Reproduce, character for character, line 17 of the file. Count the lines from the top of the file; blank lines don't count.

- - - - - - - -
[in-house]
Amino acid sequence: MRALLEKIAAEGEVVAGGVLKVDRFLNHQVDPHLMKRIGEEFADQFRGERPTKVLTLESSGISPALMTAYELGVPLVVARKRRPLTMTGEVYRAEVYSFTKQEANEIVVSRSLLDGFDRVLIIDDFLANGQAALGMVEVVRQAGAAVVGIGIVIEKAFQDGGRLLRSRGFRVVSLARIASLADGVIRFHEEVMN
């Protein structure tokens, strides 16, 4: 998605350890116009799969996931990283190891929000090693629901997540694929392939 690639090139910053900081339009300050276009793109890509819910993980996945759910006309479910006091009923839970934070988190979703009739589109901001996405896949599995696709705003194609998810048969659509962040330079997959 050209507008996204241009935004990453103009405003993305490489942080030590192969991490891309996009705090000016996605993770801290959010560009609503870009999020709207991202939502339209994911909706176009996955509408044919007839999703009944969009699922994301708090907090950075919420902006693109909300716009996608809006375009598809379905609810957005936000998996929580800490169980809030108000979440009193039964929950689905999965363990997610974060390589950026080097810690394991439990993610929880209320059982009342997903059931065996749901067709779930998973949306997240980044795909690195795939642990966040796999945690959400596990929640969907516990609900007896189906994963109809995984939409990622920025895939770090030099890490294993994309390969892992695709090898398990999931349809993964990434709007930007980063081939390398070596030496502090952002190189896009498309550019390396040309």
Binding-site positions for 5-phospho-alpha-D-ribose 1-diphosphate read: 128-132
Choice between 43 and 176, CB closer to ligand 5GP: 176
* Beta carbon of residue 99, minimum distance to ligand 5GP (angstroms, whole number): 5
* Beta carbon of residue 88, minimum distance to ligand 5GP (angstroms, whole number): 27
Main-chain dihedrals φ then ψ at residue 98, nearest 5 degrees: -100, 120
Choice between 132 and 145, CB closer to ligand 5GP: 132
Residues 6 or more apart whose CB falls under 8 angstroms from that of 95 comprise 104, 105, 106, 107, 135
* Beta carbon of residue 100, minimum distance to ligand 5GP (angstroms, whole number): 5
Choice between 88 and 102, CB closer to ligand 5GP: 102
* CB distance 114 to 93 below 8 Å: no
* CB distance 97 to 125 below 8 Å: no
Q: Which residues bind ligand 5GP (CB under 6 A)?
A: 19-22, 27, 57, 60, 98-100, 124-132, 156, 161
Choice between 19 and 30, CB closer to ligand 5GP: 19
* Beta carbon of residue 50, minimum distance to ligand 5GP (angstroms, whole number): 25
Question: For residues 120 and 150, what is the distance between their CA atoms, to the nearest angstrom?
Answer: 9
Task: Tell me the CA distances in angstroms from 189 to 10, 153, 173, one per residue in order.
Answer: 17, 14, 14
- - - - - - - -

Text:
Choice between 19 and 30, CB closer to ligand 5GP: 19